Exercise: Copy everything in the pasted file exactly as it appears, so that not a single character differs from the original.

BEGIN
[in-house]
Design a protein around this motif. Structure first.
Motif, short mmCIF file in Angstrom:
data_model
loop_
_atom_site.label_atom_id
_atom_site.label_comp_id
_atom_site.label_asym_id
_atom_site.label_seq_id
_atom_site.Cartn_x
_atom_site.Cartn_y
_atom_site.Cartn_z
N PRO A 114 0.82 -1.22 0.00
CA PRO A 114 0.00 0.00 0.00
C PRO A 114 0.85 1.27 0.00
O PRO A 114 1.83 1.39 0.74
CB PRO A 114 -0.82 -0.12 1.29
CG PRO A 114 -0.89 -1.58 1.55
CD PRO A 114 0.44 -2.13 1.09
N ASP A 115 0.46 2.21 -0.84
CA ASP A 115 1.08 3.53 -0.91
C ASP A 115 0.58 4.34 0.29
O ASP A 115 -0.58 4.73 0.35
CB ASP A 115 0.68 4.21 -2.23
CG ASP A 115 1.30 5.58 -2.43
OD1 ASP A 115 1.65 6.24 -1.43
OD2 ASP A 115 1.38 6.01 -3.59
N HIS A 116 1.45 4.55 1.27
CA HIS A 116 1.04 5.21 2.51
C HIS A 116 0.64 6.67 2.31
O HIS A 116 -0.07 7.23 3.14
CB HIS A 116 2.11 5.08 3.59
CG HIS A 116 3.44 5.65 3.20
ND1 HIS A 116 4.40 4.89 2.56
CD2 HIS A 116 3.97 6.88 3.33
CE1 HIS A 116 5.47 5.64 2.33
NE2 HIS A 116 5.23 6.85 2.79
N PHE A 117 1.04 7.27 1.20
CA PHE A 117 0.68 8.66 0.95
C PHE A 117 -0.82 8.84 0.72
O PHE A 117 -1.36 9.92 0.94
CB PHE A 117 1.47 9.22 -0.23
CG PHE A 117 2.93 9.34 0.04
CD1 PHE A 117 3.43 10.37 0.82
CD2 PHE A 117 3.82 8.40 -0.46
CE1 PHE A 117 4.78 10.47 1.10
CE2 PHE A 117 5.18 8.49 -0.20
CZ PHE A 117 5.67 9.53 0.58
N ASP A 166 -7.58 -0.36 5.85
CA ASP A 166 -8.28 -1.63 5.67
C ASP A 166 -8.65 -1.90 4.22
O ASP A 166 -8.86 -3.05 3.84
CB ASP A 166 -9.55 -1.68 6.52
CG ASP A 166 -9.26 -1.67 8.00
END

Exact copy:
[in-house]
Design a protein around this motif. Structure first.
Motif, short mmCIF file in Angstrom:
data_model
loop_
_atom_site.label_atom_id
_atom_site.label_comp_id
_atom_site.label_asym_id
_atom_site.label_seq_id
_atom_site.Cartn_x
_atom_site.Cartn_y
_atom_site.Cartn_z
N PRO A 114 0.82 -1.22 0.00
CA PRO A 114 0.00 0.00 0.00
C PRO A 114 0.85 1.27 0.00
O PRO A 114 1.83 1.39 0.74
CB PRO A 114 -0.82 -0.12 1.29
CG PRO A 114 -0.89 -1.58 1.55
CD PRO A 114 0.44 -2.13 1.09
N ASP A 115 0.46 2.21 -0.84
CA ASP A 115 1.08 3.53 -0.91
C ASP A 115 0.58 4.34 0.29
O ASP A 115 -0.58 4.73 0.35
CB ASP A 115 0.68 4.21 -2.23
CG ASP A 115 1.30 5.58 -2.43
OD1 ASP A 115 1.65 6.24 -1.43
OD2 ASP A 115 1.38 6.01 -3.59
N HIS A 116 1.45 4.55 1.27
CA HIS A 116 1.04 5.21 2.51
C HIS A 116 0.64 6.67 2.31
O HIS A 116 -0.07 7.23 3.14
CB HIS A 116 2.11 5.08 3.59
CG HIS A 116 3.44 5.65 3.20
ND1 HIS A 116 4.40 4.89 2.56
CD2 HIS A 116 3.97 6.88 3.33
CE1 HIS A 116 5.47 5.64 2.33
NE2 HIS A 116 5.23 6.85 2.79
N PHE A 117 1.04 7.27 1.20
CA PHE A 117 0.68 8.66 0.95
C PHE A 117 -0.82 8.84 0.72
O PHE A 117 -1.36 9.92 0.94
CB PHE A 117 1.47 9.22 -0.23
CG PHE A 117 2.93 9.34 0.04
CD1 PHE A 117 3.43 10.37 0.82
CD2 PHE A 117 3.82 8.40 -0.46
CE1 PHE A 117 4.78 10.47 1.10
CE2 PHE A 117 5.18 8.49 -0.20
CZ PHE A 117 5.67 9.53 0.58
N ASP A 166 -7.58 -0.36 5.85
CA ASP A 166 -8.28 -1.63 5.67
C ASP A 166 -8.65 -1.90 4.22
O ASP A 166 -8.86 -3.05 3.84
CB ASP A 166 -9.55 -1.68 6.52
CG ASP A 166 -9.26 -1.67 8.00